Table 2 Total input fossil energy in centralized BGP system Items Initial energy investment Operating energy Maintenance energy Total Fossil energy (GJ) 42,000 1140 650 43,790 CO2 emissions (kg) 2,589,000 78,000 2,667,000

2.2. Methods We used two evaluation methods. First, to estimate how global warming gas is influenced by BGP systems, we use life cycle assessment (LCA) [2]. According to the IPCC data [3], CH4 affects global warming by 23 times more than CO2. In other words 1 kg-CH4 is converted into 23 kg-CO2 in global warming effect. The total global warming effect in this study is measured as the total quantity of CO2 [4]. We need to consider carbon neutral that is the official concept of IPCC. The concept of carbon neutral is that CO2 of the biomass resources origin depends on the breathing of a plant originally, and do not contribute to the increase of CO2. LCA is a method that takes into consideration all inputs and outputs. Evaluation range of this study is shown on energy flows of the BGP system (e.g., constructing, transport, product use and waste treatment). We estimate each global warming gas emission. The second evaluation method was made by comparing fossil energy input for constructing, running and maintaining a BGP with energy outputs by producing electric power, heat and digested manure. The energy output from digested manure was obtained by estimating energy consumption for producing chemical fertilizer having equivalent contents of N, P2O5 and K2O. The energy pay-back time (EPT) base on the centralized BGP was calculated from the energy inputs and outputs. 3. Results 3.1. The results of global warming impact (CO2) calculations The amount of global warming gas exhaust in all processes was calculated from the construction of a plant to demolition for building [5]. Estimated emission of CO2 was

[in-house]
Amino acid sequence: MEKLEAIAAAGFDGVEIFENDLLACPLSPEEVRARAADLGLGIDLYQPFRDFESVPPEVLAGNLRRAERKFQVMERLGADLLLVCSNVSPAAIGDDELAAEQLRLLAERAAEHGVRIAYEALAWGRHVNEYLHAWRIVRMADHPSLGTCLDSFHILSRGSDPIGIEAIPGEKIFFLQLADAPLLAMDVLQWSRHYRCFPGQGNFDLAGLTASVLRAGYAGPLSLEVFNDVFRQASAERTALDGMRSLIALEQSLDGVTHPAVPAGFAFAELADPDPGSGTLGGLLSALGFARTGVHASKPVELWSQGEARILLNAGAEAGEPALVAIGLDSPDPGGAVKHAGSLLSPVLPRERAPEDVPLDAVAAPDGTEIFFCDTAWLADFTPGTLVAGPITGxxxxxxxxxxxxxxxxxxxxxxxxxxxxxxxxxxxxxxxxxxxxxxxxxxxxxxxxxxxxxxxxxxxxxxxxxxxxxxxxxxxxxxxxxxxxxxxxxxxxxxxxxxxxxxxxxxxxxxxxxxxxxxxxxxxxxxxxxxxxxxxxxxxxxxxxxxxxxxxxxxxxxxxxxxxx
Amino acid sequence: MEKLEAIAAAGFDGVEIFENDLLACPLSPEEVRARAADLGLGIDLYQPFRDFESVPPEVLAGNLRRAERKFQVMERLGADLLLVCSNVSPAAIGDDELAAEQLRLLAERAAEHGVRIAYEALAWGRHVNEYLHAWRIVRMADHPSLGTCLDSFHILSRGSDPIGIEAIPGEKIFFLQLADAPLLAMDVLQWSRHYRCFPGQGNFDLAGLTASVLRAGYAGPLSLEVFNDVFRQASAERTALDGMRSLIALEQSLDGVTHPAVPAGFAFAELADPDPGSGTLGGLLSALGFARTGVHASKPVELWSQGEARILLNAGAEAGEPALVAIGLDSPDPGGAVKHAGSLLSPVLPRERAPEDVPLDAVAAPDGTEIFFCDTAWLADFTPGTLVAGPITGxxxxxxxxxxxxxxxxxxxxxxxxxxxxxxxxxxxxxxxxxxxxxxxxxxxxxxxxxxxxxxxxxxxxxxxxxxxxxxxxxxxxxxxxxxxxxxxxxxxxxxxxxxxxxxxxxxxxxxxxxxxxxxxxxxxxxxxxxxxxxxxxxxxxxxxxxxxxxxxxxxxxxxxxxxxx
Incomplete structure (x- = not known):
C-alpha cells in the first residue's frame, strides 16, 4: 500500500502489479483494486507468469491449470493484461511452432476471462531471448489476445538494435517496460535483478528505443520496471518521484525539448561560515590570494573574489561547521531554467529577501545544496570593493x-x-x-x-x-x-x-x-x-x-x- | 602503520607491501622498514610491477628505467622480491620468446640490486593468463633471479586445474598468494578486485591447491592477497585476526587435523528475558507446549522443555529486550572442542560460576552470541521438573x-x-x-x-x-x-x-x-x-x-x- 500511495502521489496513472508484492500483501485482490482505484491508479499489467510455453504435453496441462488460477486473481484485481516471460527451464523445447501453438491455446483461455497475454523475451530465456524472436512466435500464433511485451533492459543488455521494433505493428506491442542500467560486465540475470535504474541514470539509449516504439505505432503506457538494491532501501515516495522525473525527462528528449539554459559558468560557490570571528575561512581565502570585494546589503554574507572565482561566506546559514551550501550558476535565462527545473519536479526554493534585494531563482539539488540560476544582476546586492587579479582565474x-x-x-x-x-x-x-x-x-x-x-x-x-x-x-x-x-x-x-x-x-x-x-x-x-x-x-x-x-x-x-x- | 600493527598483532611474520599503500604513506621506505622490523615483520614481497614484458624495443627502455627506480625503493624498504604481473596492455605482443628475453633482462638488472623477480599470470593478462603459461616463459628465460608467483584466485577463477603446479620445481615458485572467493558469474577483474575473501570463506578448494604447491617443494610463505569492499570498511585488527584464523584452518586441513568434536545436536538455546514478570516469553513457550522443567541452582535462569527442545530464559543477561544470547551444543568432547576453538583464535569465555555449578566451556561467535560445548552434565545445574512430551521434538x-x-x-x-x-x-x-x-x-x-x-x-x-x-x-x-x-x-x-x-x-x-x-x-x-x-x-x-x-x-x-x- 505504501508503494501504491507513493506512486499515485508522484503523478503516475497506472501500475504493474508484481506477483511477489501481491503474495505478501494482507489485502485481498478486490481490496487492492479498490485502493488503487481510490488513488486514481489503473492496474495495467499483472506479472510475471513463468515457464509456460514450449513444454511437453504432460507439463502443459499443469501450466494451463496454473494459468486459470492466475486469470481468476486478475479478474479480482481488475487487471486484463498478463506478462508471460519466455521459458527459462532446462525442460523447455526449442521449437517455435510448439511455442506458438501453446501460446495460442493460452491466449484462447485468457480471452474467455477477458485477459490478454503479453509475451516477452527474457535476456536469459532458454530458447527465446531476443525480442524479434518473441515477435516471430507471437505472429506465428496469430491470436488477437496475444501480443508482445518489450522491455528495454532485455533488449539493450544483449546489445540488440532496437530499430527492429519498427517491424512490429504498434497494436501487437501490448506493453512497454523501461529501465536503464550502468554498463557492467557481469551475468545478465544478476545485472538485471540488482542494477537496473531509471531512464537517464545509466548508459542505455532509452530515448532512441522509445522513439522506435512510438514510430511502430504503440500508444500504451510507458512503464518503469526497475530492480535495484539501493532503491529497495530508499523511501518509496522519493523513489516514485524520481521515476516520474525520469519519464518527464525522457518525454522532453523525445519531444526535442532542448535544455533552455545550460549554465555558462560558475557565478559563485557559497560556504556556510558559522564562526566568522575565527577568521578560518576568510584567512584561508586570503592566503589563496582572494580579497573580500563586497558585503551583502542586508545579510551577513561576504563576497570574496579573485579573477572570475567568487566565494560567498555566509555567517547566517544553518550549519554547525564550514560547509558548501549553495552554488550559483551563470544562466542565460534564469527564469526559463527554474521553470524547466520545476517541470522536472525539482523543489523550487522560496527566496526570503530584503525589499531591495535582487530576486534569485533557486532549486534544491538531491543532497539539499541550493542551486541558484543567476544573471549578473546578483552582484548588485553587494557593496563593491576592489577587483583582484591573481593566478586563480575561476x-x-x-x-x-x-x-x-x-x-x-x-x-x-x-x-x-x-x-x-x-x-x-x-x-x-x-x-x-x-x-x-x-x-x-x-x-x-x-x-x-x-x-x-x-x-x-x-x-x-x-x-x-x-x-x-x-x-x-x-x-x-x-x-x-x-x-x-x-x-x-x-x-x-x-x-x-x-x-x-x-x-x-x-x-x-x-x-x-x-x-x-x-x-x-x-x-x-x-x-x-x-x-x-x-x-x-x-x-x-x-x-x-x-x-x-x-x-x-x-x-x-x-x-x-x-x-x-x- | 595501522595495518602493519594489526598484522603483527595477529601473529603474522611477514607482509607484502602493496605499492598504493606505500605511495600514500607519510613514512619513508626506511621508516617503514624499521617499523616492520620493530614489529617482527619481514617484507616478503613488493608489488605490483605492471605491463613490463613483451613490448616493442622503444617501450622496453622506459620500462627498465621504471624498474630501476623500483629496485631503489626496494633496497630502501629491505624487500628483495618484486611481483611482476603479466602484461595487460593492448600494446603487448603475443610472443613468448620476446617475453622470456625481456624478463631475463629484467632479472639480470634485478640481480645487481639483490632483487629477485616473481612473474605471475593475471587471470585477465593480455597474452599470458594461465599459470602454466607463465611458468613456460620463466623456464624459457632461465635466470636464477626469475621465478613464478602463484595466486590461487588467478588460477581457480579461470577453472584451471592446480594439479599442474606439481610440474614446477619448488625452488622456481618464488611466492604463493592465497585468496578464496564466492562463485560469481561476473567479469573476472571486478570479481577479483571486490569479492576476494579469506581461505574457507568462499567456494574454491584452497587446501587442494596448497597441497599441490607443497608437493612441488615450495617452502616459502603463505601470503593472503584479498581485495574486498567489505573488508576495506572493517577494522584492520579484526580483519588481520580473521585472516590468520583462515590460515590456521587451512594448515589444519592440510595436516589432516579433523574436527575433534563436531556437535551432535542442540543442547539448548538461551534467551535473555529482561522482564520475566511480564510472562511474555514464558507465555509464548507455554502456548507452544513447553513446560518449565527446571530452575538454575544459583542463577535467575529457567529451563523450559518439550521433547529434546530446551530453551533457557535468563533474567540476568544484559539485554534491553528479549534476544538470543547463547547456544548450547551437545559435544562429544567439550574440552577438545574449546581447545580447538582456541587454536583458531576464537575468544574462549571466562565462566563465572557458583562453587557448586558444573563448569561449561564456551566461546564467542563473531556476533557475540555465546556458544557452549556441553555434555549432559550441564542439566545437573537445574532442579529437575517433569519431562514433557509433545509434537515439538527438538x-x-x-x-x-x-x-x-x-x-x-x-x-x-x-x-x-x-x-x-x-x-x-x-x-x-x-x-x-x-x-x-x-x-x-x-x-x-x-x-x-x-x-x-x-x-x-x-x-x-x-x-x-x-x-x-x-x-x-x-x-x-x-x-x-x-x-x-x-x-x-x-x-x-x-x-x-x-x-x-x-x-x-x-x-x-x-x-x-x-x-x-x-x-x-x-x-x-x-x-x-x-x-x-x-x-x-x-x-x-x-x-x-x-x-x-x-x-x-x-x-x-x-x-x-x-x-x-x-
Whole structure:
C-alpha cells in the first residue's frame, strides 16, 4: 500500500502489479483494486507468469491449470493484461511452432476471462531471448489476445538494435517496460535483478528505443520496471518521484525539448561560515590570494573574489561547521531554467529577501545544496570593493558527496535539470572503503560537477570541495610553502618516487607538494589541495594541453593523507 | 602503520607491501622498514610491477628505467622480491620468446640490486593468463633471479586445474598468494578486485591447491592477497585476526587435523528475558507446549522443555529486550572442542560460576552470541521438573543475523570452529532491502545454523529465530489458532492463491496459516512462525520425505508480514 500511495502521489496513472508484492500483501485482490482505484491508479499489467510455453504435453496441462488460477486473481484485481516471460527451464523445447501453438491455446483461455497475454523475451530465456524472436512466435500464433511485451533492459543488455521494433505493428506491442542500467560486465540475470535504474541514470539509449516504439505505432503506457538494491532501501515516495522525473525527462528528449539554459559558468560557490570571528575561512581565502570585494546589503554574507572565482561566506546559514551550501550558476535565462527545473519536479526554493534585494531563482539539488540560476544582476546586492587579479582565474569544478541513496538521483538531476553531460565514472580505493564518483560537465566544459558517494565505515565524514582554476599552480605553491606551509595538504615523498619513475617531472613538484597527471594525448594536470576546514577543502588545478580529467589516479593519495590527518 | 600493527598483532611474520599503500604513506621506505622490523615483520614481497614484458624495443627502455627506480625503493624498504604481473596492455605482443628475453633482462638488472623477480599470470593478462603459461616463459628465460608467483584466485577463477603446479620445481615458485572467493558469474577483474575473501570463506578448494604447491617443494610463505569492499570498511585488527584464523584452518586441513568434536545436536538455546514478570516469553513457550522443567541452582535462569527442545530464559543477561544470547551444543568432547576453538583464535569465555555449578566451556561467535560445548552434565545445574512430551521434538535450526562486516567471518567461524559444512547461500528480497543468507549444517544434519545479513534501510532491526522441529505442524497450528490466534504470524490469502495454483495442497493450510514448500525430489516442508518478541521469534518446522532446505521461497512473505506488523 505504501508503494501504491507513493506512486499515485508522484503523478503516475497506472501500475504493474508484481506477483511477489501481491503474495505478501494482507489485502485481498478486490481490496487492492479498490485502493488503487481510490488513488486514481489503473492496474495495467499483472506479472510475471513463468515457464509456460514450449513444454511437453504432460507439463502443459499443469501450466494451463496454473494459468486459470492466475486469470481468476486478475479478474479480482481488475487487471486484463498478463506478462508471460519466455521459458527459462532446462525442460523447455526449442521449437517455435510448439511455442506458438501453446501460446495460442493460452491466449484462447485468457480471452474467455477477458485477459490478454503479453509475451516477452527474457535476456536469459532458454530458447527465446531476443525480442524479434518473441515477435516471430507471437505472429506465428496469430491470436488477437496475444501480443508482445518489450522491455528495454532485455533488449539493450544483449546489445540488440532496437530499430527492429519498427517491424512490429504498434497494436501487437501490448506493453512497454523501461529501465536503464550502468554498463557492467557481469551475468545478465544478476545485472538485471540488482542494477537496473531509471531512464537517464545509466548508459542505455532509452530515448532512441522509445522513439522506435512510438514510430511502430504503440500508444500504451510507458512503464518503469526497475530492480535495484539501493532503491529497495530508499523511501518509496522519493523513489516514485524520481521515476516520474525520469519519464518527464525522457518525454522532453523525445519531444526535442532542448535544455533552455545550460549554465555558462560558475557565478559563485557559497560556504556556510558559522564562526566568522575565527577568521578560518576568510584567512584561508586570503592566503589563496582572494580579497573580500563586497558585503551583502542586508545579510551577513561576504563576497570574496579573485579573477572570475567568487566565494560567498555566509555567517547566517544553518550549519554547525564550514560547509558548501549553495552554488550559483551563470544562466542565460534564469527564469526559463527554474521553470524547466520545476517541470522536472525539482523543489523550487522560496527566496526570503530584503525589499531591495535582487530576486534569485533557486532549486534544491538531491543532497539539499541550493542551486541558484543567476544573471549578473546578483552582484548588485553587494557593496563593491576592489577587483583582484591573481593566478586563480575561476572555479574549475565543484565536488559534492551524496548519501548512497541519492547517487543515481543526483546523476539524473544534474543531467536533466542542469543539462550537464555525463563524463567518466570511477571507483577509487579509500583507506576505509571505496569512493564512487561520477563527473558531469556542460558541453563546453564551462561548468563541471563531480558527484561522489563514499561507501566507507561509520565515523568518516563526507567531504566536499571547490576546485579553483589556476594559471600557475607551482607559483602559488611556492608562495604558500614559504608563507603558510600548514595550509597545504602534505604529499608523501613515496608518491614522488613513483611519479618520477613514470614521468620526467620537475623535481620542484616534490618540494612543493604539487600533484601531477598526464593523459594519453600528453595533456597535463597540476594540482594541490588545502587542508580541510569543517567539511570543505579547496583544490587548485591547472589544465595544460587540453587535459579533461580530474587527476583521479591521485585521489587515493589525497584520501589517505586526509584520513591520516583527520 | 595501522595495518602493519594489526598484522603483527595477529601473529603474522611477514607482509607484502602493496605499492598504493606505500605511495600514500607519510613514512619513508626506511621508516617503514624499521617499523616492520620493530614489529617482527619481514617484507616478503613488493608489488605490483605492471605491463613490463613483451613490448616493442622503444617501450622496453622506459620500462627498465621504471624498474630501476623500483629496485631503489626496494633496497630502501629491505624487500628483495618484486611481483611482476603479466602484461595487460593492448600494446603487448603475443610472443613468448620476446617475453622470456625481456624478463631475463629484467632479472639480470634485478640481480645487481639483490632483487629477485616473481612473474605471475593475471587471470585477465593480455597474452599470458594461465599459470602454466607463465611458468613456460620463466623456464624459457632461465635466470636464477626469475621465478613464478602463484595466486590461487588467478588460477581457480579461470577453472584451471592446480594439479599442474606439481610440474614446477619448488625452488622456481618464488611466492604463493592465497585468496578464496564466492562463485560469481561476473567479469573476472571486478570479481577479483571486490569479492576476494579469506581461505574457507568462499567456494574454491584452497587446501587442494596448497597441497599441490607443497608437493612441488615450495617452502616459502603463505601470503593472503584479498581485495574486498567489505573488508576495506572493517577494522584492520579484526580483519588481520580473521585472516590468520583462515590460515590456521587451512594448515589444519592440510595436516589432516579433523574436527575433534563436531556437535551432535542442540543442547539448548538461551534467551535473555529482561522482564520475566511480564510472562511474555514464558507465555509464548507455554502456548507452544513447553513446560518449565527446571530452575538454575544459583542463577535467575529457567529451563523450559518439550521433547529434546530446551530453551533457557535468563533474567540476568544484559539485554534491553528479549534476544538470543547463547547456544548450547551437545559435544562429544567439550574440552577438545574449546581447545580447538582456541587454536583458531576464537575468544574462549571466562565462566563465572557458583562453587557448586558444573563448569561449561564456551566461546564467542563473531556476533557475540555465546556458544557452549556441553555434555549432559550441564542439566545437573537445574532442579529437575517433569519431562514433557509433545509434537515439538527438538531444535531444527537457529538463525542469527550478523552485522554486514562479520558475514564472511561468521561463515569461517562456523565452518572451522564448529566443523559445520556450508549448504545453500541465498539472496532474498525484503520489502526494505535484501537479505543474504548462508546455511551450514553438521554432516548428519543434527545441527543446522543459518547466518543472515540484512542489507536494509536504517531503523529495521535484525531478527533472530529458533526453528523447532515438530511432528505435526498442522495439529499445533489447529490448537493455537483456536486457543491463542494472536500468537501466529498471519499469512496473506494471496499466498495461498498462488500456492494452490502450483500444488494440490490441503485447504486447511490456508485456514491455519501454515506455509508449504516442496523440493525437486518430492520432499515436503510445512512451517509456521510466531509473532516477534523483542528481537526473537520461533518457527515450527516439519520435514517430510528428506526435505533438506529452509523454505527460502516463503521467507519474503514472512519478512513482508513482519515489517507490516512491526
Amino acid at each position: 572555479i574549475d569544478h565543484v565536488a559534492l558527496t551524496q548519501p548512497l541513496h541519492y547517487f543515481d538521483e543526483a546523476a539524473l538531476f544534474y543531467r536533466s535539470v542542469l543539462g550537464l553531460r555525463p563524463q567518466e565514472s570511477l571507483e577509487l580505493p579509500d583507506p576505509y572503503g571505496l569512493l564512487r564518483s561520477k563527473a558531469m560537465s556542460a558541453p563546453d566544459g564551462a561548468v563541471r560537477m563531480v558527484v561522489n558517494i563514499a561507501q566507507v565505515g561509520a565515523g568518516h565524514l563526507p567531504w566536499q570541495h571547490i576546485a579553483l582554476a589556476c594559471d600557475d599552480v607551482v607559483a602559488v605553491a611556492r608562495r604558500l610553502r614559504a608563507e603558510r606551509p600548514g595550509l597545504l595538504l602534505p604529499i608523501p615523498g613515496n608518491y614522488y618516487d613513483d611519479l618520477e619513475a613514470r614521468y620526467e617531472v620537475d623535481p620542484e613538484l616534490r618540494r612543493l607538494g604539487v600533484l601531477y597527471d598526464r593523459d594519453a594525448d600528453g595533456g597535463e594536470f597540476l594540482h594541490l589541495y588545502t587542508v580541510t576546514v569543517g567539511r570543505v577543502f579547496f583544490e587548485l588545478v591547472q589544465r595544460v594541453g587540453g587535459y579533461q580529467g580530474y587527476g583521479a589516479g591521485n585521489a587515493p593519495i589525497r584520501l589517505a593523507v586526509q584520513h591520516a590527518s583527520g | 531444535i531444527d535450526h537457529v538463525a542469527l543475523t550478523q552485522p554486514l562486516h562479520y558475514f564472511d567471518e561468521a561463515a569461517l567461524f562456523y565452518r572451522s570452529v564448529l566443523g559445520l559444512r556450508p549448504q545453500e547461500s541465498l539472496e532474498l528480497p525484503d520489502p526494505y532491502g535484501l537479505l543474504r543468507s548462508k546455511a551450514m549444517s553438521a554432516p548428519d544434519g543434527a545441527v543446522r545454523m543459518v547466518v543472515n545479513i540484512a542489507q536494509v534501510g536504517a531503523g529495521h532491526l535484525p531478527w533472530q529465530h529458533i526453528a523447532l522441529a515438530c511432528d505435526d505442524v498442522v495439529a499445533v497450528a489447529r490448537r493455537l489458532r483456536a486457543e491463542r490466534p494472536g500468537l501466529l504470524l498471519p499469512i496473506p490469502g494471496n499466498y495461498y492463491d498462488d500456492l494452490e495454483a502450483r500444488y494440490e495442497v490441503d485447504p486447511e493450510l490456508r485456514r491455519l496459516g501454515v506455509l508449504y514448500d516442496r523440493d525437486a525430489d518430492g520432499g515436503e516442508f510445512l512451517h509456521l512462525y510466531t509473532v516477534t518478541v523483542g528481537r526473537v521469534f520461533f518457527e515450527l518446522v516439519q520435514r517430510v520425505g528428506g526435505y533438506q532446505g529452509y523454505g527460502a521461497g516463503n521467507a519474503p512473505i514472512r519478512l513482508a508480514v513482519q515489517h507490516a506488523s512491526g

Fig. 2.

S. Ishikawa et al. / International Congress Series 1293 (2006) 230233 Table 3 Total available energy output in centralized BGP system Items Electricity Heat Energy of digested slurry Fossil energy (GJ/year) 1665 2770 2005

233

CO2 emissions (kg) 427,000 405,000 3000

about 2700t from the introduction of BGP (Table 2). We understand that a percentage of CO2 emissions by initial energy investment of a plant accounts for about 80% of the whole (Fig. 2a). Carbon dioxide exhausted from the fuel by the collection of raw materials and transportation for digested manure was only 3%. The production of CO2 at the time of biogas combustion (1080 t) was not included in emission because of the concept of carbon neutral. 3.2. The energy pay-back time (EPT) The initial energy investment of the centralized BGP was calculated at 42,000 GJ. About 10% of the initial energy investment on the centralized BGP is the energy of the vehicle for transportation. The total input fossil energy and the total available energy output of the centralized BGP are shown in Tables 2 and 3. The EPT on the centralized BGP was 16years when digested manure was not utilized as fertilizer. The EPT became much shorter than 9years when the digested manure was utilized as fertilizer (Fig. 2b). 4. Discussion The utilization of digested slurry as fertilizer is indispensable for energetic feasibility of a BGP. The energy of spreading digested slurry as fertilizer needs to be included in this calculation in the future although it is not expected to be very high. References
[1] T. Hishinuma, et al., Evaluation of a biogas plant on farm from the energetic point of view, Journal of the Society of Agricultural Structures, Japan 33 (1) (2002) 45 52. [2] LCA Business introduction edit committee, LCA Introduction to Business, Corporation Industrial Environmental Protection Society, Tokyo, 1998. [3] IPCC, Climate Change: The Scientific Basis, 2001. [4] T. Hinata, H. Hara, Life cycle assessment of centralized biogas plants in operation, International Symposium on Issues Concerning Biogas Plants in Cold-Snowy Regions, 2003, pp. 275 284. [5] K. Nansai, Y. Moriguchi, S. Tohno, Embodied Energy and Emission Intensity Data for Japan Using Input Output Tables(3EID)Inventory Data for LCA, National Institute for Environmental Studies, Japan, 2002.